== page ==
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Pedestrian Safety Requires Different Solutions in Different Situations

Pedestrian Safety Requires Different Solutions in Different Situations
Issue Time:2018-05-23

Pedestrian Safety Requires Different Solutions in Different Situations


Maintaining pedestrian safety is a challenge in many different situations. There is pedestrian safety in neighborhoods, disaster response, construction sites and public venues to name just a few. Understanding that different situations present unique challenges is important.


Pedestrian Safety in Neighborhoods
Pedestrian safety is becoming a larger issue in our communities. People are walking more. They are moving to urban neighborhoods and adding steps to improve their health. And of course, children will always be playing near the street.

There is much that we can do to improve the safety of our communities. We do not need to rely only on the police for enforcement. Our community can organize to play an important role in managing traffic safety.

Pedestrian Safety during Disaster Response and Recovery
Residents that evacuated want to return to see what damage has occurred to their personal property. This is understandable. However, debris is strewn everywhere. Accidents are likely to occur in this scenario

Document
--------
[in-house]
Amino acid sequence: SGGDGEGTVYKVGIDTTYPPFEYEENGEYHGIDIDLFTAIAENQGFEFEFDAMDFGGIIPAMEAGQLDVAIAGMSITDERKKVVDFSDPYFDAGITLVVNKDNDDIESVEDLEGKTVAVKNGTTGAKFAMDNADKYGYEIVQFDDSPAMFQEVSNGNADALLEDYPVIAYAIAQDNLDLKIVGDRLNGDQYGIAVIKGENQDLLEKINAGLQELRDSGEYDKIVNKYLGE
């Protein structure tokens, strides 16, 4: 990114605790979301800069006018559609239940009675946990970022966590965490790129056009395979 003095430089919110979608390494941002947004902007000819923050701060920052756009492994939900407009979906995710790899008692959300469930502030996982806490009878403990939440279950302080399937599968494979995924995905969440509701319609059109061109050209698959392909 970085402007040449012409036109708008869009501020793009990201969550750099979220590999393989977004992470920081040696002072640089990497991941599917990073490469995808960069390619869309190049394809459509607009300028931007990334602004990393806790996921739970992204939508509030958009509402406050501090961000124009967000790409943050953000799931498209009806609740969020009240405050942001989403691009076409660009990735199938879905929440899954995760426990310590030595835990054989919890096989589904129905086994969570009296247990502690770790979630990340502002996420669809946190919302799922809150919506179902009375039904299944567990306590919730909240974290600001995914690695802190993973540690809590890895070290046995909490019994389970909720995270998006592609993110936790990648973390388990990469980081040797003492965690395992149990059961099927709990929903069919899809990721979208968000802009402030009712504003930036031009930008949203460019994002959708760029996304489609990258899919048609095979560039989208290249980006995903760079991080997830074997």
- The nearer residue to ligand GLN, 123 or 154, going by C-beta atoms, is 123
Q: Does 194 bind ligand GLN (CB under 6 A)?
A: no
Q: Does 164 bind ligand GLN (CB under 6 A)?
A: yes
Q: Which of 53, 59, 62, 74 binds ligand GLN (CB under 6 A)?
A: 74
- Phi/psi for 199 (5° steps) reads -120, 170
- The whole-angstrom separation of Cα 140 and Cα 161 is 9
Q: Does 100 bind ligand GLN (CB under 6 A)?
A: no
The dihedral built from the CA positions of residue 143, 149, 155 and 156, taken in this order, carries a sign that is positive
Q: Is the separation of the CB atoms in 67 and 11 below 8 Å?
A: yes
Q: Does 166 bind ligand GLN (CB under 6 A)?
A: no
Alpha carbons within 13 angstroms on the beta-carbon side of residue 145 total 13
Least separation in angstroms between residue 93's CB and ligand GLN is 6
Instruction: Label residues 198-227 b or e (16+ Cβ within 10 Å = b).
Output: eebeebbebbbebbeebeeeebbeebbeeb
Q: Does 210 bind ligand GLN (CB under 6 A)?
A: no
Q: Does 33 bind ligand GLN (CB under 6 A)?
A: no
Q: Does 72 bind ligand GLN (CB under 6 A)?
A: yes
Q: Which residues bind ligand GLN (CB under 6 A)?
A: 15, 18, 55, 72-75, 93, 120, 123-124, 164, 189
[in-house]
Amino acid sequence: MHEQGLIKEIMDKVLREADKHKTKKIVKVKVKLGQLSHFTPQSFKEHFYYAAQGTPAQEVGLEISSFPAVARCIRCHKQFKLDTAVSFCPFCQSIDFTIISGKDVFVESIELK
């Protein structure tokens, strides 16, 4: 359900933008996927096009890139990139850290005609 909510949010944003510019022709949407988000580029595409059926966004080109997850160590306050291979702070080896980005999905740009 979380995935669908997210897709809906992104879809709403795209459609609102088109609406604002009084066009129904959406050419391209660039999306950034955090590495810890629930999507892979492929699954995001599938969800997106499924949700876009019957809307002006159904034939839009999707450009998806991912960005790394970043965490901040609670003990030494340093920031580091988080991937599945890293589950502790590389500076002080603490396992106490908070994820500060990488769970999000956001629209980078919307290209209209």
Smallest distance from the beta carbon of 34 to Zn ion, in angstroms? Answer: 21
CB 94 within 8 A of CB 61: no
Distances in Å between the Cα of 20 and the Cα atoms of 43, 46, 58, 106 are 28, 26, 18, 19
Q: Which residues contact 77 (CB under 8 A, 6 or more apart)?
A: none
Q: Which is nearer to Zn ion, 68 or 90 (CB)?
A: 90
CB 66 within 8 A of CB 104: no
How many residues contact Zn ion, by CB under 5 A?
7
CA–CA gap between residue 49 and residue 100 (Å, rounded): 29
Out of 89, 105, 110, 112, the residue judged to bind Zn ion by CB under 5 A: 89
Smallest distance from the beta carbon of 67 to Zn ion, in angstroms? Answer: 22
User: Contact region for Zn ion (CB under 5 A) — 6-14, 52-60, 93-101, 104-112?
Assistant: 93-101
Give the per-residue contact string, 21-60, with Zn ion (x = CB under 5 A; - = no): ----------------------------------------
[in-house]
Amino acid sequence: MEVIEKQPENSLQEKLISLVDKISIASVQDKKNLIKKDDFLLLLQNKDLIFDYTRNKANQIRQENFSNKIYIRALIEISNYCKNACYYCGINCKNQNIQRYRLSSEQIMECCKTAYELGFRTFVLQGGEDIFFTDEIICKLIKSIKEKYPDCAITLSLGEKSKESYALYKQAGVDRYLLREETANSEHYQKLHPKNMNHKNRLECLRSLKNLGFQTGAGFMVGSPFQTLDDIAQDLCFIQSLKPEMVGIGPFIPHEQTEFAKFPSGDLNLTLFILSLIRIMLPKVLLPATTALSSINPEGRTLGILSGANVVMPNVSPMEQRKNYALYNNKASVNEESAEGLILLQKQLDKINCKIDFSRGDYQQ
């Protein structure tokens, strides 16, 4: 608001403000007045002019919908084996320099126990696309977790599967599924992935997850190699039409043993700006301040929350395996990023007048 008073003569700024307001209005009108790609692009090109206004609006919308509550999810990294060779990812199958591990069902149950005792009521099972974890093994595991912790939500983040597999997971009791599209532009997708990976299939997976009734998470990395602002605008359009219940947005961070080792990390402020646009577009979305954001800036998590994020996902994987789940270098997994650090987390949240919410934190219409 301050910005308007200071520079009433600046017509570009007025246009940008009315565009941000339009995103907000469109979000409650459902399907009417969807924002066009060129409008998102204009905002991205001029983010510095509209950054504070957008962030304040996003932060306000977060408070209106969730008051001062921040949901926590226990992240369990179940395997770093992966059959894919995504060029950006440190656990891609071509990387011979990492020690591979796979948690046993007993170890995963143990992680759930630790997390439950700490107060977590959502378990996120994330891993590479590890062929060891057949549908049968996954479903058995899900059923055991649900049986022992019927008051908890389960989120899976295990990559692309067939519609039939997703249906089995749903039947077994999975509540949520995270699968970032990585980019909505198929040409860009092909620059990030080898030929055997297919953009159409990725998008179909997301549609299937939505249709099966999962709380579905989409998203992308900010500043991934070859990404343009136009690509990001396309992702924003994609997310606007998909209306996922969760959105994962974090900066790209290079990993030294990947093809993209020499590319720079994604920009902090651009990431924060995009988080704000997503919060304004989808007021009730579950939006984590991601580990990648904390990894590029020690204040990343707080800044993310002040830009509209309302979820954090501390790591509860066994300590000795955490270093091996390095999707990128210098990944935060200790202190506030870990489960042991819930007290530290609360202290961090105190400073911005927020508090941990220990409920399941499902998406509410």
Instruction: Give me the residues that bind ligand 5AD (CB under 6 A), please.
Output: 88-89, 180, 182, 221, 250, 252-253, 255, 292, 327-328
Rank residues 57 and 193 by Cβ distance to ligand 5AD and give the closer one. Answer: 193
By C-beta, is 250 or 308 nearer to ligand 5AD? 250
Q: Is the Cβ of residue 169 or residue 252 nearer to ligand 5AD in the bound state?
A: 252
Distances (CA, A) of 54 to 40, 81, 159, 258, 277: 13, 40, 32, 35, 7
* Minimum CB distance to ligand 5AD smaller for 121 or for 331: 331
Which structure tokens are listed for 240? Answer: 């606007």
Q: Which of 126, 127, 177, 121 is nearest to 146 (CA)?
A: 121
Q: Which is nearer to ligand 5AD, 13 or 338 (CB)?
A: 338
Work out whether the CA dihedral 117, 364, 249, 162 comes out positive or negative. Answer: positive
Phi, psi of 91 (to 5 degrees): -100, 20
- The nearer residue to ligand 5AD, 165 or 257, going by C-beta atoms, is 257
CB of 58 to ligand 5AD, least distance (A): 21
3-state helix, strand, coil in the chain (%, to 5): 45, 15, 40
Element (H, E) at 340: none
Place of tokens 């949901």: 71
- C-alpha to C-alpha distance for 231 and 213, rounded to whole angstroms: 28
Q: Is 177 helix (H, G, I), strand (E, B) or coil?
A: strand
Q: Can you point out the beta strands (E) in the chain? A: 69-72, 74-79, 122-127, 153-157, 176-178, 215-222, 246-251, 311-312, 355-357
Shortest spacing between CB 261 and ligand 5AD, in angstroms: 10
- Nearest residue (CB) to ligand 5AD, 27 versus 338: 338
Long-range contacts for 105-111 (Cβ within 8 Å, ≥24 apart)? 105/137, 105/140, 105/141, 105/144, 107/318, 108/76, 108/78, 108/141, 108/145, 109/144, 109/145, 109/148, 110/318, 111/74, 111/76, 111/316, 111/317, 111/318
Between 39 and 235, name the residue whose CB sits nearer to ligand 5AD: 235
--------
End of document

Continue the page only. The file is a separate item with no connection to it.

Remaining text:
Disaster Recovery crews are working hard to ensure residents are not trapped or lying injured in their homes. Cleanup crews are trying to act quickly so emergency vehicles can move freely through the streets. Residents are tired and emotional, but, feel compelled to check on their homes. This is a very dangerous time.

Pedestrian Safety During Road Construction
During the construction process, traffic patterns will be disrupted. This is due to a combination of temporary routes and detours. Traffic safety products are required to meet the requirements identified in Traffic Control Plans.

Pedestrian Safety in small public venues
Crowd Control can be challenging for even the smallest of venues, such as signup for Little League Baseball or a voting booth. However, the simple act of creating an easy to identify lane for people to follow can address this challenge.

Since people will instinctively arrange their movement using the site of a simple obstacle. small crowds can be managed with lightweight devices. A line can be easily created, providing a visual path for the small crowd to follow. The result is order rather than chaos.